31 Days to Scare ~ The Spiral Staircase (1946)

The Facts:

Synopsis: A serial killer stalks a mute servant girl in a remote mansion.

Stars: Dorothy McGuire, George Brent, Ethel Barrymore, Kent Smith, Rhonda Fleming, Gordon Oliver, Elsa Lanchester, Sara Allgood, Rhys Williams

Director: Robert Siodmak

Rated: Approved

Running Length: 83 minutes

TMMM Score: (8/10)

Review: Back in the 1940’s when The Spiral Staircase was first released, horror movies were a much different fare. Without the rising amount of blood, guts, and gore that came to define the genre in the late ‘60s up through today’s offerings, earlier films relied on the suggestion of danger and moody atmosphere to gnaw at the nerves of their audience. A prime example of how to get underneath the skin of moviegoers, The Spiral Staircase is spooky as all get-out and quite a find for horror fans looking to class up their act.

Based on the 1933 novel Some Must Watch, The Spiral Staircase centers on a mute girl (the gorgeous Dorothy McGuire, Swiss Family Robinson) working at an elegant manse far from town targeted by a killer preying on disabled women. On a stormy night, she’s stranded in the house with her mistress (the grand dame of theater Ethel Barrymore) and a host of suspicious characters, one of whom may be the killer that’s out to get her. It’s great fun trying to pick out who may fall prey and who is doing the hunting throughout the house as the night wears on.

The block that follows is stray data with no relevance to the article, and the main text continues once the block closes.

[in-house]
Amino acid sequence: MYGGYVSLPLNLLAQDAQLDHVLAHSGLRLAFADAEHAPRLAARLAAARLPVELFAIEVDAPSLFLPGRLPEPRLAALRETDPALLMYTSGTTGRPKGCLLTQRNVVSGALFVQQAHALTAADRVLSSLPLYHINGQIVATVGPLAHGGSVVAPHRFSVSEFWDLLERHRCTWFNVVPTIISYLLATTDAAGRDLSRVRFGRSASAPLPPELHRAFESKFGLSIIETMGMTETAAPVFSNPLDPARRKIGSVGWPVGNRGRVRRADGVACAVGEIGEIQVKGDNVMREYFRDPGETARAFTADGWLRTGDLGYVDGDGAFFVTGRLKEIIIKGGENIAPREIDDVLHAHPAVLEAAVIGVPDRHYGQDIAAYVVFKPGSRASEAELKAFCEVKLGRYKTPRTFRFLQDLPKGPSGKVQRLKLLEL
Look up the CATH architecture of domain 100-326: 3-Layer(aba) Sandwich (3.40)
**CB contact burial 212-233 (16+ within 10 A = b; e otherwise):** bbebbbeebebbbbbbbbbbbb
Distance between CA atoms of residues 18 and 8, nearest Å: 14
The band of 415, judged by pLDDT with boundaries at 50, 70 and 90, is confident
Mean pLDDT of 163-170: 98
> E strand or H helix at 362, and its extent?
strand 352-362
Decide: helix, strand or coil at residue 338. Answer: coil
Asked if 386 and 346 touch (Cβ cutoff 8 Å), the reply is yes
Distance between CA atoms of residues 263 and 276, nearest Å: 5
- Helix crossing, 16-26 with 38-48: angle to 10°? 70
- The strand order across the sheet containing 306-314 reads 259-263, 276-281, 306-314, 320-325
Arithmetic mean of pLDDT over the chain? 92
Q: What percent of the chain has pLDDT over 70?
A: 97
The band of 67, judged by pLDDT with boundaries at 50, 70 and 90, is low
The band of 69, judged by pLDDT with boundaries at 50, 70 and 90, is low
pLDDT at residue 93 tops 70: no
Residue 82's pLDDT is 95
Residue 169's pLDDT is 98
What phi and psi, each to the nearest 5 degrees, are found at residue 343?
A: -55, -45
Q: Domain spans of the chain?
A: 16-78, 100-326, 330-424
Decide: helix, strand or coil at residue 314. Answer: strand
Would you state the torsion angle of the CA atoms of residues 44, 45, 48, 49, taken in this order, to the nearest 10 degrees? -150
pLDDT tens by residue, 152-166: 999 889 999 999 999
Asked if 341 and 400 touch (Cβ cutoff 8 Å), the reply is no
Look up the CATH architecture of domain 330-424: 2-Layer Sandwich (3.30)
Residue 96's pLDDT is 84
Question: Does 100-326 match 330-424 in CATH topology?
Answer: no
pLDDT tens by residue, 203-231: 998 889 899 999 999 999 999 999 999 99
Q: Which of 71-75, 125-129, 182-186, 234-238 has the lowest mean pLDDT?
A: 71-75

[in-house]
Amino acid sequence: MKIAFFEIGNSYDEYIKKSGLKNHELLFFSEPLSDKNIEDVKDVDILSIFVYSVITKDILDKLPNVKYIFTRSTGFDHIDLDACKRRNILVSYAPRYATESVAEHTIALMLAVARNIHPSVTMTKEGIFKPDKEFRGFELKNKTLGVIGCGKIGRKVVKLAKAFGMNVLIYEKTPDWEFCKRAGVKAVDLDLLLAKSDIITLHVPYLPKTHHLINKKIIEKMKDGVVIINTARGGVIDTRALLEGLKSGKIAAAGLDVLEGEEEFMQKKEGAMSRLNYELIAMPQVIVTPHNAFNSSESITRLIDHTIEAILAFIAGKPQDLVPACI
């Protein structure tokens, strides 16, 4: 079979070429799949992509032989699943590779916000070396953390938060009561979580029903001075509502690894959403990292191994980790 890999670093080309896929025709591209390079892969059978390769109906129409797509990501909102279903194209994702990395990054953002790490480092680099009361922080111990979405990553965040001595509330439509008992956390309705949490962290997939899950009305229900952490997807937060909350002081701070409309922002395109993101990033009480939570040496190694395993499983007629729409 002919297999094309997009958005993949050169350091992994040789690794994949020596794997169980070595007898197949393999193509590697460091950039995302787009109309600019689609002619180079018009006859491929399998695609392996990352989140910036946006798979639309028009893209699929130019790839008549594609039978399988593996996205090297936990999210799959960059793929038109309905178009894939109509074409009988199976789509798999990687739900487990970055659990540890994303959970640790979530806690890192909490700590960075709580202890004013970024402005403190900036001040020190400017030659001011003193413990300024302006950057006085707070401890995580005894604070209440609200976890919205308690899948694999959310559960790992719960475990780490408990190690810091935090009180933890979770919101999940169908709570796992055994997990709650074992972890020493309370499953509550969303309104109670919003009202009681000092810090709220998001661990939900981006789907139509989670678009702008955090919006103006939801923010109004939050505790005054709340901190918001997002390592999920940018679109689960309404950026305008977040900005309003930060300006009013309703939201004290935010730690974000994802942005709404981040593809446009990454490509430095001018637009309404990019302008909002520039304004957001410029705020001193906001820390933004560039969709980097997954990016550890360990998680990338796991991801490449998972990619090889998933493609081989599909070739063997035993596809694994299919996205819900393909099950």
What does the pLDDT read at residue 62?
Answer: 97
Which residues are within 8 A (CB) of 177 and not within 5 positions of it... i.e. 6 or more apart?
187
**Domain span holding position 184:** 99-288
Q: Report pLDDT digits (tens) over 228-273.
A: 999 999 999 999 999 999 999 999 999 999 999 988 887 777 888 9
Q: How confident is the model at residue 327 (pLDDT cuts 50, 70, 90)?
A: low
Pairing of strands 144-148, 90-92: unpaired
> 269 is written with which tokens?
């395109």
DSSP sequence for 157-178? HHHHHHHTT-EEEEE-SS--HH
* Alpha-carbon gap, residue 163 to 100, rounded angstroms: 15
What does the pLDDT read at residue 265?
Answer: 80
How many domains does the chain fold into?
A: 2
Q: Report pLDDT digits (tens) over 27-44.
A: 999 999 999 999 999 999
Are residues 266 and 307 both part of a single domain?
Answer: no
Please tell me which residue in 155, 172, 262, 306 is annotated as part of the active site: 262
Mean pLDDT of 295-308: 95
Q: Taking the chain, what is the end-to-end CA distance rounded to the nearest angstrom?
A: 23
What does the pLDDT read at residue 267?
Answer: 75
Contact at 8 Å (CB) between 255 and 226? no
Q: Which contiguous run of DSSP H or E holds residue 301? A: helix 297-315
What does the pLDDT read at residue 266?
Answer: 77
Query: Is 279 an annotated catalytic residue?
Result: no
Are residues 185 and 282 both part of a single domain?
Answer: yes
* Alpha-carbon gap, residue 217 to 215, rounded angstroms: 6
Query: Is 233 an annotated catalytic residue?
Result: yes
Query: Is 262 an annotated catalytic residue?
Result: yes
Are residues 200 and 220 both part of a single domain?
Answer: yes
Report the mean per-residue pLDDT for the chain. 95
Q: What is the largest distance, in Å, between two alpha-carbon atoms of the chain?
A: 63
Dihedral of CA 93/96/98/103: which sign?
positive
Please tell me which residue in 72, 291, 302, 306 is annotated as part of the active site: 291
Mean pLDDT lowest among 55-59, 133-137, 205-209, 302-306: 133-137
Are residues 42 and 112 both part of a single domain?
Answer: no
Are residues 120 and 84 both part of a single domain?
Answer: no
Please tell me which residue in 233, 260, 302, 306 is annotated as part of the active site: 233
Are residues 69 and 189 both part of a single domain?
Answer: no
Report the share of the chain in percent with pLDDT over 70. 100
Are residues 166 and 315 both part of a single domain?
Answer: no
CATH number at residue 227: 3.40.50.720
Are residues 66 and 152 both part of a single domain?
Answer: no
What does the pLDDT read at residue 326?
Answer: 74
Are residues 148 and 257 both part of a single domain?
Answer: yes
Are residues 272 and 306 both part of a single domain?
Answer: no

McGuire is lovely in the leading role, able to convey more with her eyes than any dialogue ever could. Recognizable forever as the Bride of Frankenstein, Elsa Lanchester (Mary Poppins) is a hoot as the curious cook and you can see why later in her career the actress blossomed into a valued character actress that knows how to get the job done with flair. Barrymore steals the show out from under everyone, though, in her Oscar-nominated role as a cranky biddy that has a fondness for McGuire and pretty much no one else. She senses danger is afoot and tries to get McGuire to safety but by the time anyone figures out what’s happening it may be too late for them all.

What makes this such a memorable watch is how slyly it develops, never providing random misdirects or red herrings but letting the action flow from scene to scene in a naturalistic fashion. We’re not privy to any information not also available to our stalked star, nor are we kept in the dark as the killer’s motives gradually become clearer. While it has a too-quick finale (not uncommon for this era of filmmaking), the previous 87 minutes are quite entertaining, even a known watch-checker like myself didn’t notice the time passing at a rapid pace. Though made over 70 years ago, The Spiral Staircase keeps its shape in a superior fashion. While I haven’t seen any of the subsequent remakes over the years, a quick glance at the reviews tells me that you’re to avoid those at all costs and stick with the original.

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